Paris would see a series of revolutions and uprisings throughout the nineteenth century – most notably in 1848 and 1871. This ferment gave rise to a number of socialist thinkers who Marx took note of – though sometimes to shoot them down in flames. They might be either too romantic or utopian in outlook for Marx or veered towards anarchism – which as we’ll see was guaranteed to earn Marx’s ire.
What impressed Marx about France compared to Germany was the willingness of its workers and peasants to rise up:
Whenever you see French socialist workers gathered together: the brotherhood of humanity is not a mere phrase with them, but a truth.
During the 1789 French revolution, most of the key figures had been bourgeois and republican in outlook. But one revolutionary, Gracchus Babeuf, went as far as to advocate the abolition of private property and complete equality. He set up a group called the Conspiracy of Equals.
Finding that the republic was insufficiently radical, he conspired against it. And for that, he joined a queue of rounded up monarchists and aristocrats – losing his head on the guillotine.
Finally in this Euro mix that made Marxism is a key element – the influence of English economists like Adam Smith and David Ricardo. It was in England that the industrial revolution had taken root and created, in its most advanced form, an exploiting bourgeoisie (capitalists if you prefer) and an industrial proletariat (workers).
Adam Smith was born a hundred years before Marx and advocated for a free market capitalist economy, though one that checked the worse excesses of the system – like the tendency for monopolies to form.
Where Smith and Ricardo (1772-1823) contributed to the development of Marxist economics was their belief in the labour theory of value. Ricardo summed it up succinctly:
The value of a commodity, or the quantity of any other commodity for which it will exchange, depends on the relative quantity of labour which is necessary for its production, and not on the greater or less compensation which is paid for that labour.David Ricardo – Principles of Political Economy and Taxation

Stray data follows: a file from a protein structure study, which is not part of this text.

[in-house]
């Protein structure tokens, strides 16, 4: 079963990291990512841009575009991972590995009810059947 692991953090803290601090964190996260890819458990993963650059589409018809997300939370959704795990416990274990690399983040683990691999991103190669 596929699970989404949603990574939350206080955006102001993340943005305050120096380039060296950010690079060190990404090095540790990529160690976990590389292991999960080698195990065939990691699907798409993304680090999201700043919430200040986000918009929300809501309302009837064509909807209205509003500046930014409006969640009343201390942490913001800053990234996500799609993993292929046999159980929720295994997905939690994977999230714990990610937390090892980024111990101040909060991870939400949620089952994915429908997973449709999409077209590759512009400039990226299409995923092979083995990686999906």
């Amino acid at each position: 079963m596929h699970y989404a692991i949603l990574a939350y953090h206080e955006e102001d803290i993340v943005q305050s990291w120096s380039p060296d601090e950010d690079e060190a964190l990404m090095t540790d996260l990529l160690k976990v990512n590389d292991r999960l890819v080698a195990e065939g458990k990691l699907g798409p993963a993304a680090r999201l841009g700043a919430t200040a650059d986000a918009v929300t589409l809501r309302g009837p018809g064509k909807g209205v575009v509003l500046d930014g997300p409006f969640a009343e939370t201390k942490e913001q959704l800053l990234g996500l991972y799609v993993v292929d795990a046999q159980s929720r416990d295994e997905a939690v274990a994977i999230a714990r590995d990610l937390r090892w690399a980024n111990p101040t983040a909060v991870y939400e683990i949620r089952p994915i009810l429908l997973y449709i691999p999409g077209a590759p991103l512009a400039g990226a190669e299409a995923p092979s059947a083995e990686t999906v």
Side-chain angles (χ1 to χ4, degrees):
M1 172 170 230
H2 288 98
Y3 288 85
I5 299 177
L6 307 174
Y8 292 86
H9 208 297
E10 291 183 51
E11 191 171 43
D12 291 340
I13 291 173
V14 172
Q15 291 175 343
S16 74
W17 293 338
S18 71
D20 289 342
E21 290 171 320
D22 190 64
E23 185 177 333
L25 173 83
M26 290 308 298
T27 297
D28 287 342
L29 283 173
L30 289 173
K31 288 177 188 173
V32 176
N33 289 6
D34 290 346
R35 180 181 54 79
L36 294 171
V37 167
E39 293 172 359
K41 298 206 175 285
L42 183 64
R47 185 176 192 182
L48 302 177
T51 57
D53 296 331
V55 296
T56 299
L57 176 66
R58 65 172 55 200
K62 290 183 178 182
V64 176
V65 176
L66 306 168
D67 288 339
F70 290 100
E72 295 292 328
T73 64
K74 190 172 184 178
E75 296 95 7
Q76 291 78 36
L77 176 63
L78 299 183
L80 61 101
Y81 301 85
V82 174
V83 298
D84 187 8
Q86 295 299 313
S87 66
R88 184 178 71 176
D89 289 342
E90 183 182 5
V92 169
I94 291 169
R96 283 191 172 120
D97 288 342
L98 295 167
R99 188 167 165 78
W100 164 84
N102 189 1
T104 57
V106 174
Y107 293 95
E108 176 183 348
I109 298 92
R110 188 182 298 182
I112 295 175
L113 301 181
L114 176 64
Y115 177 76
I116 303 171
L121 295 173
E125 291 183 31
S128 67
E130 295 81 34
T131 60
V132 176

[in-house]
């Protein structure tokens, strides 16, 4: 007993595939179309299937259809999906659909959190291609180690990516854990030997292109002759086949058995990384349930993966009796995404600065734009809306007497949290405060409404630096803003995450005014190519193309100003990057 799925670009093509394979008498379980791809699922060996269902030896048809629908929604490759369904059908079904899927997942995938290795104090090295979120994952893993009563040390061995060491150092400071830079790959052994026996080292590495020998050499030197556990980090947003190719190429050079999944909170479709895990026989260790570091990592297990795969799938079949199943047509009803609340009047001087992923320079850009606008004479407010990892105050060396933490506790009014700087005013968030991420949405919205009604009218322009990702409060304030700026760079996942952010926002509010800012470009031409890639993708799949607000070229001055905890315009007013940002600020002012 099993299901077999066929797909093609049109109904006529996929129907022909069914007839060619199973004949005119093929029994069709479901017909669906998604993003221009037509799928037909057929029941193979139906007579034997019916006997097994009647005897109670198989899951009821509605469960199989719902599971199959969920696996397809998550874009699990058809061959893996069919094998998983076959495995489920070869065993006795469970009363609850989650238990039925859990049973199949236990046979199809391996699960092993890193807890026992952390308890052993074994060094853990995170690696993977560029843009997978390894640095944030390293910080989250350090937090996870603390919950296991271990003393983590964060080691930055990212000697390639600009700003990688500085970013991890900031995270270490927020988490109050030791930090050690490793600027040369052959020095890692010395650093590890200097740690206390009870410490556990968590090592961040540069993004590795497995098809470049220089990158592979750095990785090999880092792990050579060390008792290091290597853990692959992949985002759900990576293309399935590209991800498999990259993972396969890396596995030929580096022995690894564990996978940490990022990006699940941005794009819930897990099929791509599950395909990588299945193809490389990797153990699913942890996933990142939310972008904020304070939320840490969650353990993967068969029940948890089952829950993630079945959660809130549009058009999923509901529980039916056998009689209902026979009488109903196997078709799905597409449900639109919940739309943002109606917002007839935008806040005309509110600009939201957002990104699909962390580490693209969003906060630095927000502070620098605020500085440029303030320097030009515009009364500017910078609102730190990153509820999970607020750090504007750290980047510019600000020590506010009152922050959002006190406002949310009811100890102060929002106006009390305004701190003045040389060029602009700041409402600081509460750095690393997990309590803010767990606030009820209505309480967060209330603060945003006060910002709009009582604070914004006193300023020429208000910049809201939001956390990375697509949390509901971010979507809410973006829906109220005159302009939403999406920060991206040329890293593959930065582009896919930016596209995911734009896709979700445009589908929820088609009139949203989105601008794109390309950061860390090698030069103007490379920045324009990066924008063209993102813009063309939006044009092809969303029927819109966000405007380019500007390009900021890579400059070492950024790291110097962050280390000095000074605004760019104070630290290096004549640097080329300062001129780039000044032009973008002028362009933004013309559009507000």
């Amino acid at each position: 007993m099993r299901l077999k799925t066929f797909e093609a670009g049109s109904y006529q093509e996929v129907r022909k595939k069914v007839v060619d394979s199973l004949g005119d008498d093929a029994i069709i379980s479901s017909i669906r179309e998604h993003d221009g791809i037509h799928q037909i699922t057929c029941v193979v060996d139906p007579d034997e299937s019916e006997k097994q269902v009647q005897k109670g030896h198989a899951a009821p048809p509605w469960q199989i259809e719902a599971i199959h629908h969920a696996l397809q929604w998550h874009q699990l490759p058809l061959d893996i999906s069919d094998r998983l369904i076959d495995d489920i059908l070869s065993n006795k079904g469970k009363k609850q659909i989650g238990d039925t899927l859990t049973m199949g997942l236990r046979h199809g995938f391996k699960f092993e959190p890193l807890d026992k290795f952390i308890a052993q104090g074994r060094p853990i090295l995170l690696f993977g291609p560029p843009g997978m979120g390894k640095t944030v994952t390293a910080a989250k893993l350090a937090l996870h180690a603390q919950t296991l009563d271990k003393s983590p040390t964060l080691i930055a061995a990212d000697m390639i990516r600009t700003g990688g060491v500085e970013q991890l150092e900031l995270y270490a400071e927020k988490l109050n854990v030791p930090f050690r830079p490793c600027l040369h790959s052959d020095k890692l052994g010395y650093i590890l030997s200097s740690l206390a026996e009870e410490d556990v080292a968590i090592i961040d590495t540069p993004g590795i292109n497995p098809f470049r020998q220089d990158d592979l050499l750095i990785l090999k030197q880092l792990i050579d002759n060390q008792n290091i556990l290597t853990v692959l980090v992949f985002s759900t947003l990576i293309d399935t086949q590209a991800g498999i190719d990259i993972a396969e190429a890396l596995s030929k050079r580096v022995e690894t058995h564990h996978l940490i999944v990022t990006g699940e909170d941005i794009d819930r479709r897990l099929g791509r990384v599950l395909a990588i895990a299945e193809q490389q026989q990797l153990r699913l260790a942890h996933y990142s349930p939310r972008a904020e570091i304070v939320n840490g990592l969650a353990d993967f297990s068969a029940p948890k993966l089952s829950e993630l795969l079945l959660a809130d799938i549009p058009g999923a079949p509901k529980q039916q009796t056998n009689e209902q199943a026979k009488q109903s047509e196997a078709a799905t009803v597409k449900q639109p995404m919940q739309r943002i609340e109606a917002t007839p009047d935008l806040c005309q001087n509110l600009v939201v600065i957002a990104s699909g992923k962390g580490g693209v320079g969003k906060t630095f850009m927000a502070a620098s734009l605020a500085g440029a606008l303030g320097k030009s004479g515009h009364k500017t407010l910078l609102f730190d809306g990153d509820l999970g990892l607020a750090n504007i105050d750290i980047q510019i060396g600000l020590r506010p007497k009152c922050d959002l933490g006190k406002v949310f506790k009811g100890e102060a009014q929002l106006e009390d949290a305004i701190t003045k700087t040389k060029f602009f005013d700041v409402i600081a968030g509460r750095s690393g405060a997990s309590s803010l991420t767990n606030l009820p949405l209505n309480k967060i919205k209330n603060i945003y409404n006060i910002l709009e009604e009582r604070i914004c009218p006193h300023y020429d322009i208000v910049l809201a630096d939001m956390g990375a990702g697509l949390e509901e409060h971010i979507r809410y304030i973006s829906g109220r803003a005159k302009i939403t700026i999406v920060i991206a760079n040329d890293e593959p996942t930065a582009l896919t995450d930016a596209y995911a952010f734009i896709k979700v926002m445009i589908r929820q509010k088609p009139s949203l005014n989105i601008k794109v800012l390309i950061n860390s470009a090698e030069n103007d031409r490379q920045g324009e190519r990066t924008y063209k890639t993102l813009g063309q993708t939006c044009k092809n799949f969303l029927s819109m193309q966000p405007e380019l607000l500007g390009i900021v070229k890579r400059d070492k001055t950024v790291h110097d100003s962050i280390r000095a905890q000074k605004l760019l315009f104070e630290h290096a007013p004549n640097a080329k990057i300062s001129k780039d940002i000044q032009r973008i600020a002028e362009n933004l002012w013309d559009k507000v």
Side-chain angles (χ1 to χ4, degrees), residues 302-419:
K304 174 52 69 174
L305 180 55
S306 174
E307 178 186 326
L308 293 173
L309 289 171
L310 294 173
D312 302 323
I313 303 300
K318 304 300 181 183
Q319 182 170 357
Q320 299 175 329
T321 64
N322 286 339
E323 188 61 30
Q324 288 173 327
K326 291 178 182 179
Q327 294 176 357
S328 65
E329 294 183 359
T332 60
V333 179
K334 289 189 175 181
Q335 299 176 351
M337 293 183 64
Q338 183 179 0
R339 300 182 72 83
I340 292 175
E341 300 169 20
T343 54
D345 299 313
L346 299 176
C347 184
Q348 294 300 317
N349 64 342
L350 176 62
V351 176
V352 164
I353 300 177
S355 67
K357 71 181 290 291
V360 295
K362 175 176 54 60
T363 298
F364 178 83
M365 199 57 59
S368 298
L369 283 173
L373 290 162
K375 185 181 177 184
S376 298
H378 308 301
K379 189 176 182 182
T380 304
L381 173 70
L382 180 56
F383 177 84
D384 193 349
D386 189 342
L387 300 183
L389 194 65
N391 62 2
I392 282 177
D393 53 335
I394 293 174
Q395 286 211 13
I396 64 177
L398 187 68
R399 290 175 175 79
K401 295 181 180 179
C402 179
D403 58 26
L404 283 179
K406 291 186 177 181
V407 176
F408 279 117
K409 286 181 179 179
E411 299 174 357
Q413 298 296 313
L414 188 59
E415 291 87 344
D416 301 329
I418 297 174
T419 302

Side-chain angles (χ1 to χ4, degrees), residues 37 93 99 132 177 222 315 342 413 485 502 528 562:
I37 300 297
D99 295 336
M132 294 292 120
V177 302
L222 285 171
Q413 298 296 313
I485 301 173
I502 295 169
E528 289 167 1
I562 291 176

In other words, the value of something that is sold by a capitalist – a commodity – is determined by the amount of hours of labour that has been expended on it. So, if it takes ten hours of labour time to produce something, that commodity will be worth twice an object that requires five hours of labour time.
Marx then posed a question in relation to the labour theory of value: do capitalists pay workers the real value of the time they spend making a commodity? The answer, needless to say, is no. The reason is that wages must be kept down in order for capital to derive a profit. This means that capitalists are exploiting workers.
It can’t be underestimated how important this building block is to Marxism. In fact, the whole edifice sits on it. But, as we shall see, there have been attempts to overthrow the labour theory of value and that poses a huge challenge to Marxists.
So here then are the three key influences on Marx – German, French and English!